Steve Reid

What I would say is we're obviously looking for them to come down and as we get the throughput rates up that processing rate, for example, it's currently over $6. We want to get it well under $6.

Chuck Jeannes

I think, Tony, we're just working on budgets for the coming year and as we complete that we'll be able to give guidance certainly in the new year with respect to some of our expected costs for 2011.

Tony Lesiak - Macquarie

Well then just finally on the new manto discovery, can you give us some further specifics on that?

Chuck Jeannes

Just generally -- I just talked to Charlie about it recently. On a per ton basis it's about the same value as the discovery that we reported earlier on the other side of the Penasquito deposit. As a general rule -- and we've only got a few intercepts so far -- but it's lower gold and silver and much, much higher zinc. We've got some intercepts up to 16% zinc.

So early days, we don't really know whether that is a trend that's going to apply over on the other side of Penasquito or whether it's just indicative of those particular holes. But that's the initial information.

Operator

Your next question comes from the line of Jorge Beristain - Deutsche Bank.

Jorge Beristain - Deutsche Bank

I was really pleased to see the doubling of the dividend and so I guess my first question is to Chuck. Has there been any change in the psychology of how you are approaching your dividend policy now? We understand that you obviously have a lot of free cash flow this current quarter, but it would seem that you're moving towards maintaining a competitive dividend policy vis-a-vis other gold companies and I was wondering if you could talk to that point.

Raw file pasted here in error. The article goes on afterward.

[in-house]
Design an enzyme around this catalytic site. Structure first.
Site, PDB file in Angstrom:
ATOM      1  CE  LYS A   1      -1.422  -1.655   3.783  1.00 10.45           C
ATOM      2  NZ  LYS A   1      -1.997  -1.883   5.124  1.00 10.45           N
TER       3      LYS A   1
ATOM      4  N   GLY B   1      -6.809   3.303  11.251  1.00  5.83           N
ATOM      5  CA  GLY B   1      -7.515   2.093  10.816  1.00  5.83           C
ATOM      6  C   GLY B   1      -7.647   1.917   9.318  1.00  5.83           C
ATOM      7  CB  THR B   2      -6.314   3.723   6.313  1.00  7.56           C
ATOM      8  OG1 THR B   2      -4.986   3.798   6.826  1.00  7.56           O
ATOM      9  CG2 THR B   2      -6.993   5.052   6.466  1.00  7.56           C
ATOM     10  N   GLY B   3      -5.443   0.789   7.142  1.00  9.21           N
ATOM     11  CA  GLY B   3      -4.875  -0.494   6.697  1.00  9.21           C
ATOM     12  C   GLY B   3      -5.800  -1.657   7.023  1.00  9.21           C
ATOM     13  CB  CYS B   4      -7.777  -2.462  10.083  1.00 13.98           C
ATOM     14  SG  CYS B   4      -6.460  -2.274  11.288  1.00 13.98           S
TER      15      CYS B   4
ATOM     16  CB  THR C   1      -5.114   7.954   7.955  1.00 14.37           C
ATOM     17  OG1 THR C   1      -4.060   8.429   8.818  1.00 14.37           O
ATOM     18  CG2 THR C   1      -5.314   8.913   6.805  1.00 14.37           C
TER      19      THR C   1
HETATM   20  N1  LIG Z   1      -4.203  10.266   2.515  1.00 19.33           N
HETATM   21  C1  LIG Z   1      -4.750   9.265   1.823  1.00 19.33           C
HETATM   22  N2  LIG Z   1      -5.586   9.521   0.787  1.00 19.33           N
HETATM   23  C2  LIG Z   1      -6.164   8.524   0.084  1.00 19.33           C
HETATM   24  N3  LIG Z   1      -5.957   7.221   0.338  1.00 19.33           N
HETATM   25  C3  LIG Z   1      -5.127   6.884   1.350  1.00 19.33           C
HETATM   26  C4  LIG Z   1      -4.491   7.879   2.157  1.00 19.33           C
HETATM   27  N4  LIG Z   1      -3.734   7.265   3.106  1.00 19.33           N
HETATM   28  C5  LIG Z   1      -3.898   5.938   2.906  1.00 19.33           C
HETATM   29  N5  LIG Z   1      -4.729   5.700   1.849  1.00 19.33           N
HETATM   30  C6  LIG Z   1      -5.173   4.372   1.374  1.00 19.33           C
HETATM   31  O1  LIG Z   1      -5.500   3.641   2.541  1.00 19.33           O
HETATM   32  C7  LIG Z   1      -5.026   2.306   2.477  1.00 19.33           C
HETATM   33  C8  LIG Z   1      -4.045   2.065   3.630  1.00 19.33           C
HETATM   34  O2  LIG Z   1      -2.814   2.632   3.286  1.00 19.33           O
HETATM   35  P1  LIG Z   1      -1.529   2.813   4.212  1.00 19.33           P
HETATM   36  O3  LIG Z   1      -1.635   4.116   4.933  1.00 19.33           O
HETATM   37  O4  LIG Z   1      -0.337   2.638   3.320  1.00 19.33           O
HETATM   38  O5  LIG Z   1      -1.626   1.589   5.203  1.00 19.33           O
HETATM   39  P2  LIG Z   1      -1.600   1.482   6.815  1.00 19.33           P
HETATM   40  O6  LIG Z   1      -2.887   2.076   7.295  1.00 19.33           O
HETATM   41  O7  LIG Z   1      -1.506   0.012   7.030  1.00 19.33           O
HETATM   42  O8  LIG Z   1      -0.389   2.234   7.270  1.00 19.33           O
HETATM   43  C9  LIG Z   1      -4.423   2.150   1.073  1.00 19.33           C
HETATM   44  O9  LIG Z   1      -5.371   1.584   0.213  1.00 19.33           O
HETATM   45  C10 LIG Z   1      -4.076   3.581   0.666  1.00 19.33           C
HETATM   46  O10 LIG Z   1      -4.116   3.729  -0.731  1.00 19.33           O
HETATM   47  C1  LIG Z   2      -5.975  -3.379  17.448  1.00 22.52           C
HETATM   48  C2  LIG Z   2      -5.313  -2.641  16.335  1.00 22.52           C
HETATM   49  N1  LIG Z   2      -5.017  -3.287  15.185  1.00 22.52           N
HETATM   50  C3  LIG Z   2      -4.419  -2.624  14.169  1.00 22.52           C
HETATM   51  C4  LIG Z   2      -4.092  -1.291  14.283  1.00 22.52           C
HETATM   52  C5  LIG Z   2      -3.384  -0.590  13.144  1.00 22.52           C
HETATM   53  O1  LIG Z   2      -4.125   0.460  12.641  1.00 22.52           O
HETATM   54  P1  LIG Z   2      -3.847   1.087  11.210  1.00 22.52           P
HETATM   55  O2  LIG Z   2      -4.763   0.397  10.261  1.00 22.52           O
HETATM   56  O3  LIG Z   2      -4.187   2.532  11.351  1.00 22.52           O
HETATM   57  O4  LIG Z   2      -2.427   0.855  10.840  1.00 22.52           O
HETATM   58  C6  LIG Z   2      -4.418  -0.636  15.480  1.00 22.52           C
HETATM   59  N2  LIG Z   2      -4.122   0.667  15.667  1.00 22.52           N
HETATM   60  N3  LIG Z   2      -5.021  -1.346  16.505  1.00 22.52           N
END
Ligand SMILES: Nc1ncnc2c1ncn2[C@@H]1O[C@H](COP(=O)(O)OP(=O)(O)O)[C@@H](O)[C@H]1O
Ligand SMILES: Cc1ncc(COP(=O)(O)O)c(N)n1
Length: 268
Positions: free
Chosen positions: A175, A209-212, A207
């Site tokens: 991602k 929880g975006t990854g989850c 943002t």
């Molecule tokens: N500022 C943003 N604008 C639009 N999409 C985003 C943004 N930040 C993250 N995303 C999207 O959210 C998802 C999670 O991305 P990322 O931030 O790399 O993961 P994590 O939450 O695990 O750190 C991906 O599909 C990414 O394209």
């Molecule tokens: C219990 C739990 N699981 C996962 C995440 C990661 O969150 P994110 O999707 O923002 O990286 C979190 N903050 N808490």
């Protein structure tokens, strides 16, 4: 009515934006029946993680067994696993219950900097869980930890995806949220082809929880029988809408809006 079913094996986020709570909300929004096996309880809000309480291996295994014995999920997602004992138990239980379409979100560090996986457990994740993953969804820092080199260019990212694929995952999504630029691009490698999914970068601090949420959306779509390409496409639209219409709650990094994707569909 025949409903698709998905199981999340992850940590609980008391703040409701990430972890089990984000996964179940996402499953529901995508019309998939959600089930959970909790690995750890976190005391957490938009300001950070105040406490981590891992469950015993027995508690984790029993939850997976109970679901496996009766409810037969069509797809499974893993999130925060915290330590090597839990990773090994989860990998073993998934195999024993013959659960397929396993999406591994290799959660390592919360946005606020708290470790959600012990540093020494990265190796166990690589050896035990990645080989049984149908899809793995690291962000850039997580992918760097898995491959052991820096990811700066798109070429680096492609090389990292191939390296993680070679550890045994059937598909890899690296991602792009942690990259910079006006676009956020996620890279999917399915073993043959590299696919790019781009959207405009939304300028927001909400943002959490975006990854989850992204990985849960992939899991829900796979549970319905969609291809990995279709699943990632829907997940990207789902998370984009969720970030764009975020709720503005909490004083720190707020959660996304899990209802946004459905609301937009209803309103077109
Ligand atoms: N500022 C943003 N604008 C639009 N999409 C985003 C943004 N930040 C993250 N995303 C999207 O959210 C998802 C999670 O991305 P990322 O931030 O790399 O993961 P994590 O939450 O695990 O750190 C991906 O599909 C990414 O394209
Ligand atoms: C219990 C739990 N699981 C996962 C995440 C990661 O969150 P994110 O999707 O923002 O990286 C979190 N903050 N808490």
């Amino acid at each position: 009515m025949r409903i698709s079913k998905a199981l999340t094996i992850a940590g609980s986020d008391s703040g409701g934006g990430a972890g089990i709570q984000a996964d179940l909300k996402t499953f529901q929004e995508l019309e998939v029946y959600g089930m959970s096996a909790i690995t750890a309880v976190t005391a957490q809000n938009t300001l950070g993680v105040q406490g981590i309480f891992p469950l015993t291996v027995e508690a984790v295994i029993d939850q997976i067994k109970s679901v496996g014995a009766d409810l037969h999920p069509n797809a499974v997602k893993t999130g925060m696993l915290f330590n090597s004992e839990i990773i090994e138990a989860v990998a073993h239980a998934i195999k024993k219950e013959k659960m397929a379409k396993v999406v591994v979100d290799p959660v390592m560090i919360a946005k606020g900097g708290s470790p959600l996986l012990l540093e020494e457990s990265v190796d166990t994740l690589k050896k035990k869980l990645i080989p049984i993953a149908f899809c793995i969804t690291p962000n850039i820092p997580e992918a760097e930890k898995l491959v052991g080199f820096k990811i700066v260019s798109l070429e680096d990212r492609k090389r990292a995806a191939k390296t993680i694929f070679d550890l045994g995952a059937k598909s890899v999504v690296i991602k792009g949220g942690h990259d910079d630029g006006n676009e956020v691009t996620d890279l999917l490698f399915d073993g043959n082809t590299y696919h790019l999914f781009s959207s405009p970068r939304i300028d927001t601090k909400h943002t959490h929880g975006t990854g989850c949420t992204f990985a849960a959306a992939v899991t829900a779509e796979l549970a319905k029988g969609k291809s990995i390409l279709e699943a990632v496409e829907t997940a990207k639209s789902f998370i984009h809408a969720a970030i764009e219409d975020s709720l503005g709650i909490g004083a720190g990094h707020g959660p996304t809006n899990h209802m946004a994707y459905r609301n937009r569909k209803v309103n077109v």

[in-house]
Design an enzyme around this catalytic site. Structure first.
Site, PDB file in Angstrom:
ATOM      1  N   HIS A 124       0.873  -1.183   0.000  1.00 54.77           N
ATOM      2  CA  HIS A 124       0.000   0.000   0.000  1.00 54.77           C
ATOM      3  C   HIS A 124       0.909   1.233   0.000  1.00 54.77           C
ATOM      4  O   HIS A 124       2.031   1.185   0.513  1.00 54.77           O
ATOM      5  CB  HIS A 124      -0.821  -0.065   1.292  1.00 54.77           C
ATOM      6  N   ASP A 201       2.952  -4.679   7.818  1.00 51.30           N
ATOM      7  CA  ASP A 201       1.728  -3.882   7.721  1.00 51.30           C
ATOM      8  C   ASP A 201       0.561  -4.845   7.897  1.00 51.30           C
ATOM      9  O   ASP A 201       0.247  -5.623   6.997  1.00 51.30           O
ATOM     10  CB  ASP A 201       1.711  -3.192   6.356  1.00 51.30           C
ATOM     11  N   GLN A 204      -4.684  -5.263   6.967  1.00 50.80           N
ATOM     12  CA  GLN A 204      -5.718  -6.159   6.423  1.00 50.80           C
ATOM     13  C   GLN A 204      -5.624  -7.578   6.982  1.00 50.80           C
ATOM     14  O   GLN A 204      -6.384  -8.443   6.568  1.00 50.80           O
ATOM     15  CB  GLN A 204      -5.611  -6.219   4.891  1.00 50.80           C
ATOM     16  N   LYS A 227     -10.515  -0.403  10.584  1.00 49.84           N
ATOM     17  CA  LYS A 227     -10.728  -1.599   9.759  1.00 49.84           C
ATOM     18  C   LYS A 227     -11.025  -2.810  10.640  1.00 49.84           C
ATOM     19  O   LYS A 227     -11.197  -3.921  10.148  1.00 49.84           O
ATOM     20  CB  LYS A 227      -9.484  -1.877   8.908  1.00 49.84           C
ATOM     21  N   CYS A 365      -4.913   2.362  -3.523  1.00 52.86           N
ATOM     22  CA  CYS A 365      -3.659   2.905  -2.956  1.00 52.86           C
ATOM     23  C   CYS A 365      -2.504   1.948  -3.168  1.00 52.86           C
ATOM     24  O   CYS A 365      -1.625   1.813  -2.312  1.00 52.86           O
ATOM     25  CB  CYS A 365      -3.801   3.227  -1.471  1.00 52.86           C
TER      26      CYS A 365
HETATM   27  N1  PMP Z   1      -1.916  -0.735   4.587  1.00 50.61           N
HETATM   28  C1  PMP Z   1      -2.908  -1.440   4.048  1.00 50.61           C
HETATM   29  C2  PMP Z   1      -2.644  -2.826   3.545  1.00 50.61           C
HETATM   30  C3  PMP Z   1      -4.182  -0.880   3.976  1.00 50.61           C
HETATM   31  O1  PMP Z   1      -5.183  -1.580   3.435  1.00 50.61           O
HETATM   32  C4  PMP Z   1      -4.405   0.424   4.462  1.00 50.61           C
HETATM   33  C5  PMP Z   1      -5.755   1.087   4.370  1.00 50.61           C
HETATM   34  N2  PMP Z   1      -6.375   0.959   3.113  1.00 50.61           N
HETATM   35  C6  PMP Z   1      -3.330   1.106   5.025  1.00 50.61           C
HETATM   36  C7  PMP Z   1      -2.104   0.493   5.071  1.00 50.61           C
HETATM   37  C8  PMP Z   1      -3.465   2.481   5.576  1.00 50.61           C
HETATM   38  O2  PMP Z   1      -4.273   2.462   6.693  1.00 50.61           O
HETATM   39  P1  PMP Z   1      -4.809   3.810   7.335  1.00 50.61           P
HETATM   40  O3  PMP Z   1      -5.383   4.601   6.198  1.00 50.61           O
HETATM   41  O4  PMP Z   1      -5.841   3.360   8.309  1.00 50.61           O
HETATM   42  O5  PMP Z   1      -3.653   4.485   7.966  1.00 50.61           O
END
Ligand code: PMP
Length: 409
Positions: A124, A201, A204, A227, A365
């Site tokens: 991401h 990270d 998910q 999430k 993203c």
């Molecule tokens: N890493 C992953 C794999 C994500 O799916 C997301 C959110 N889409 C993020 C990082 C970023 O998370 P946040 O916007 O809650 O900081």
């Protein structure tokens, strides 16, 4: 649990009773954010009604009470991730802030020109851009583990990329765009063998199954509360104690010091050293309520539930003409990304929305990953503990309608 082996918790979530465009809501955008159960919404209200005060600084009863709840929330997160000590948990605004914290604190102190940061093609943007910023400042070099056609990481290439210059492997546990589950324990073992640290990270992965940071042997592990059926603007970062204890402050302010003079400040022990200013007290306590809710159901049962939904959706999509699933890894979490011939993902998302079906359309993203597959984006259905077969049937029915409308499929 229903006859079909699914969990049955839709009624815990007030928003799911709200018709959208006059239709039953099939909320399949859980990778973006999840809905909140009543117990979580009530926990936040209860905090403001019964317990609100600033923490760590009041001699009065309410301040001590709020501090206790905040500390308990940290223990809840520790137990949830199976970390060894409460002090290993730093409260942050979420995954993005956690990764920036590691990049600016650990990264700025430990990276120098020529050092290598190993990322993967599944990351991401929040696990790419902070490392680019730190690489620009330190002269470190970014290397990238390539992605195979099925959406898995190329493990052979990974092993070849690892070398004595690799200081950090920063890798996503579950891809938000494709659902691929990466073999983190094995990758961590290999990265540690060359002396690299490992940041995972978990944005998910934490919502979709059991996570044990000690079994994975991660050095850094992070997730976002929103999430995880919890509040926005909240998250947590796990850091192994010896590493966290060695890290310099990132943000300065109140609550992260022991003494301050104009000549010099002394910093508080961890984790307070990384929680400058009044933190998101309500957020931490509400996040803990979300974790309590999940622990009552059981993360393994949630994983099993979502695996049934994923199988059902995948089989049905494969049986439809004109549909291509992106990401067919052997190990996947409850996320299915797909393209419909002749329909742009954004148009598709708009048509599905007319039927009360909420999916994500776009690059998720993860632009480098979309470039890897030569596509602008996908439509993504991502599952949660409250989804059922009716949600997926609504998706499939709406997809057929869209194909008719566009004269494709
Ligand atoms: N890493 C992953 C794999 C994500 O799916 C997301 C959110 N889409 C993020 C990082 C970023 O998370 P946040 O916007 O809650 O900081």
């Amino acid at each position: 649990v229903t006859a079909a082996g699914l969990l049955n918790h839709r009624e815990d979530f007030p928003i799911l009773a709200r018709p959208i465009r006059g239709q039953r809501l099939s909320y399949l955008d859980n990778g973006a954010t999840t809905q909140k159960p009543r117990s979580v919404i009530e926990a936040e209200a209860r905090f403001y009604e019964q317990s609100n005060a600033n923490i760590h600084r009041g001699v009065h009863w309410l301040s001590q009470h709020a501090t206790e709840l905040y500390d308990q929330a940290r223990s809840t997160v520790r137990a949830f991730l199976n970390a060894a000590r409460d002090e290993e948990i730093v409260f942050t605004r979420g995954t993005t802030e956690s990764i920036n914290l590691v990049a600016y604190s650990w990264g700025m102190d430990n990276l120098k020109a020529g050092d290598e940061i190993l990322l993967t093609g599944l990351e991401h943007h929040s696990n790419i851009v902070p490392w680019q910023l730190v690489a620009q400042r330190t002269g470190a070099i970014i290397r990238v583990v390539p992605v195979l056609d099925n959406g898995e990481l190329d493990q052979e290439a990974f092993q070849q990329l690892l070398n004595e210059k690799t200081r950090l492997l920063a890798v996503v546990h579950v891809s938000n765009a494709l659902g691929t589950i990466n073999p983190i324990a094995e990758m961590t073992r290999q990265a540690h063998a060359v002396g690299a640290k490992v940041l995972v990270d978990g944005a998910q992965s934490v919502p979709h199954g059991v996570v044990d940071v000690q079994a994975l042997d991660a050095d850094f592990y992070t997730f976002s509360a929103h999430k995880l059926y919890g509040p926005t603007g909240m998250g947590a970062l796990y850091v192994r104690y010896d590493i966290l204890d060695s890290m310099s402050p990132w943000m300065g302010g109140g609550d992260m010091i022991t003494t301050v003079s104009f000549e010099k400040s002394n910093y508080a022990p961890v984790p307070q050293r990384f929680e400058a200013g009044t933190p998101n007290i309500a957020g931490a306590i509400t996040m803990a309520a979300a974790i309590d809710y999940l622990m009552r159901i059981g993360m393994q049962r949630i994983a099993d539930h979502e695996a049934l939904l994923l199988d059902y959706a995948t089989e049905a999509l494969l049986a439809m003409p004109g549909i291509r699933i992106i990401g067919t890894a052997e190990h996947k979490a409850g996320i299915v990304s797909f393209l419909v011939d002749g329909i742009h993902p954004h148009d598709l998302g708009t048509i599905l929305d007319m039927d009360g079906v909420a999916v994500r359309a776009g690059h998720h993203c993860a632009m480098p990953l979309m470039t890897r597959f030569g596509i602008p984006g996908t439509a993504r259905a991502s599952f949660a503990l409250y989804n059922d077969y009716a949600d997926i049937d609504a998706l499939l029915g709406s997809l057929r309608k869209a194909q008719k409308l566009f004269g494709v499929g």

Chuck Jeannes

Yes, actually, Jorge -- and thanks for your comments. We've always thought that it would be appropriate to deal with the dividend after we saw the big investment in Pinasquito get near the end and Penasquito working. It's such an important part of our cash flow for the coming years and important today and growing dramatically over time.

So it's not that the policy has changed since the facts surrounding our company's performance that have kind of caught up with our ability to do something with the dividend. Certainly, being competitive with our peers is one factor but more is that based on an ability to pay and the confidence that we have that Penasquito is now essentially done and performing as expected.

Jorge Beristain - Deutsche Bank

Sorry, the second question was if you could just clarify, of your recent asset sales, you mentioned briefly in your introductory comments that there's still cash pending from Terrane. How much cash do you expect to collect in the fourth quarter from the recent asset sales and how much of your recent sales will be held in the form of marketable securities?

Lindsay Hall

Yes, Jorge, it's Lindsay. I think it's around $216 of cash. We've received it already. We closed I think a couple days ago, so that's sitting there. When you say marketable investments, all that cash is sitting in cash or cash like, so none of that has turned into any investments.

Chuck Jeannes

Yes, we received that cash plus about 8.5% of the issued and outstanding shares of Thompson Creek Mining. I don't have that specific number

Jorge Beristain - Duetsche Bank

But that share in Thompson Creek, would that be counted under marketable securities or under long-term investments?

Chuck Jeannes

It'll be under marketable securities when you see the fourth quarter financials.

Operator

Your next question comes from the line of Patrick Chidley - HSBC.

Patrick Chidley - HSBC

I just wanted to ask a few more detailed questions about Penasquito in terms of the recoveries. In terms of gold and silver, you say that you are on track and you're in the transition zone right now. What sort of -- long term what would you expect the sulfide recoveries to be again in terms of gold and silver on the sulfide mineralization then?

Steve Reid

Yes, Patrick, I know that as we've answered these in the past we've always said these things are extremely complex because of which rock type you're talking about and which concentrate you're expecting it to go to.

In a general sense I can tell you that the assumptions that we've made and disclosed in the past -- and I’m trying to think of the dates, I think late 2008 thereabouts -- none of those have changed. So, I mean, just quickly if you recall it was quite a table based on the different concentrates and the different rock types and so on and none of those have changed.